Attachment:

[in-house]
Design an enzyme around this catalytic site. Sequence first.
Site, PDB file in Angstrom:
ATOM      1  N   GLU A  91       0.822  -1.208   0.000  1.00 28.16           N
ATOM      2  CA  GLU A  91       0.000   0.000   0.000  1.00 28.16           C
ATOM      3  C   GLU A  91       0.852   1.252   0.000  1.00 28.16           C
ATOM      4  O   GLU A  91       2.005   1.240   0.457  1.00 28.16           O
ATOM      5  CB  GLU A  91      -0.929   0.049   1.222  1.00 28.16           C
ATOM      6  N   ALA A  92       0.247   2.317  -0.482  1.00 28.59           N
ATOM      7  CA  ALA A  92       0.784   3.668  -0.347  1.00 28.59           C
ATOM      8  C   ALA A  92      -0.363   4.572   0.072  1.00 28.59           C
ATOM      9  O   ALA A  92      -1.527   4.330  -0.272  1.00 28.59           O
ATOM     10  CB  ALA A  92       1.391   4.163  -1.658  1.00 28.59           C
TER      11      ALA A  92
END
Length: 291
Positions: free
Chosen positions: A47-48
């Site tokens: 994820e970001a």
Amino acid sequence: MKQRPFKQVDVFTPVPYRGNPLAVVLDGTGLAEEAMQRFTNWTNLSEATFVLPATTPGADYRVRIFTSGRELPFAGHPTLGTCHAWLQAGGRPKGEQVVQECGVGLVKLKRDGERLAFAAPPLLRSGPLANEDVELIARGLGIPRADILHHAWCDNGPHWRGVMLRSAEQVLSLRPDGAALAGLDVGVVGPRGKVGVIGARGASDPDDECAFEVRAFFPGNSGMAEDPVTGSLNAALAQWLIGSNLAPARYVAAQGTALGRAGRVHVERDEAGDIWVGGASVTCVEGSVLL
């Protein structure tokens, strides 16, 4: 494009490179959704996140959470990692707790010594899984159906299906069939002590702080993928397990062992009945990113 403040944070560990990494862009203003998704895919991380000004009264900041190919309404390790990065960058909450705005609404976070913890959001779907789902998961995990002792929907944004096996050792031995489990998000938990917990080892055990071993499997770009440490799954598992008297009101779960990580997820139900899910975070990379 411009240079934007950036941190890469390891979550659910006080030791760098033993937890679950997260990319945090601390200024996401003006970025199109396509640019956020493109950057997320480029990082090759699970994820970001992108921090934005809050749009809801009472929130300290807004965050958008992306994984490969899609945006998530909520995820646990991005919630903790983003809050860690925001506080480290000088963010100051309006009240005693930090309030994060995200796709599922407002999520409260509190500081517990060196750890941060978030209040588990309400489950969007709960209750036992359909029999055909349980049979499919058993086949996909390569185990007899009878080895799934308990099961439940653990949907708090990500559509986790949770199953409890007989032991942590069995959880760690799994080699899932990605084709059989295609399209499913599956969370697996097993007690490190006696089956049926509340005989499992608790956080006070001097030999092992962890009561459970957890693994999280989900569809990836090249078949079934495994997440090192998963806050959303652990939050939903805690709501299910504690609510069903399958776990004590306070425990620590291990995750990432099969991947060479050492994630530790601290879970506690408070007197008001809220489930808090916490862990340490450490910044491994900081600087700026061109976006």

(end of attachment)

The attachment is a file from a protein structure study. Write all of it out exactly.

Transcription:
[in-house]
Design an enzyme around this catalytic site. Sequence first.
Site, PDB file in Angstrom:
ATOM      1  N   GLU A  91       0.822  -1.208   0.000  1.00 28.16           N
ATOM      2  CA  GLU A  91       0.000   0.000   0.000  1.00 28.16           C
ATOM      3  C   GLU A  91       0.852   1.252   0.000  1.00 28.16           C
ATOM      4  O   GLU A  91       2.005   1.240   0.457  1.00 28.16           O
ATOM      5  CB  GLU A  91      -0.929   0.049   1.222  1.00 28.16           C
ATOM      6  N   ALA A  92       0.247   2.317  -0.482  1.00 28.59           N
ATOM      7  CA  ALA A  92       0.784   3.668  -0.347  1.00 28.59           C
ATOM      8  C   ALA A  92      -0.363   4.572   0.072  1.00 28.59           C
ATOM      9  O   ALA A  92      -1.527   4.330  -0.272  1.00 28.59           O
ATOM     10  CB  ALA A  92       1.391   4.163  -1.658  1.00 28.59           C
TER      11      ALA A  92
END
Length: 291
Positions: free
Chosen positions: A47-48
């Site tokens: 994820e970001a």
Amino acid sequence: MKQRPFKQVDVFTPVPYRGNPLAVVLDGTGLAEEAMQRFTNWTNLSEATFVLPATTPGADYRVRIFTSGRELPFAGHPTLGTCHAWLQAGGRPKGEQVVQECGVGLVKLKRDGERLAFAAPPLLRSGPLANEDVELIARGLGIPRADILHHAWCDNGPHWRGVMLRSAEQVLSLRPDGAALAGLDVGVVGPRGKVGVIGARGASDPDDECAFEVRAFFPGNSGMAEDPVTGSLNAALAQWLIGSNLAPARYVAAQGTALGRAGRVHVERDEAGDIWVGGASVTCVEGSVLL
């Protein structure tokens, strides 16, 4: 494009490179959704996140959470990692707790010594899984159906299906069939002590702080993928397990062992009945990113 403040944070560990990494862009203003998704895919991380000004009264900041190919309404390790990065960058909450705005609404976070913890959001779907789902998961995990002792929907944004096996050792031995489990998000938990917990080892055990071993499997770009440490799954598992008297009101779960990580997820139900899910975070990379 411009240079934007950036941190890469390891979550659910006080030791760098033993937890679950997260990319945090601390200024996401003006970025199109396509640019956020493109950057997320480029990082090759699970994820970001992108921090934005809050749009809801009472929130300290807004965050958008992306994984490969899609945006998530909520995820646990991005919630903790983003809050860690925001506080480290000088963010100051309006009240005693930090309030994060995200796709599922407002999520409260509190500081517990060196750890941060978030209040588990309400489950969007709960209750036992359909029999055909349980049979499919058993086949996909390569185990007899009878080895799934308990099961439940653990949907708090990500559509986790949770199953409890007989032991942590069995959880760690799994080699899932990605084709059989295609399209499913599956969370697996097993007690490190006696089956049926509340005989499992608790956080006070001097030999092992962890009561459970957890693994999280989900569809990836090249078949079934495994997440090192998963806050959303652990939050939903805690709501299910504690609510069903399958776990004590306070425990620590291990995750990432099969991947060479050492994630530790601290879970506690408070007197008001809220489930808090916490862990340490450490910044491994900081600087700026061109976006």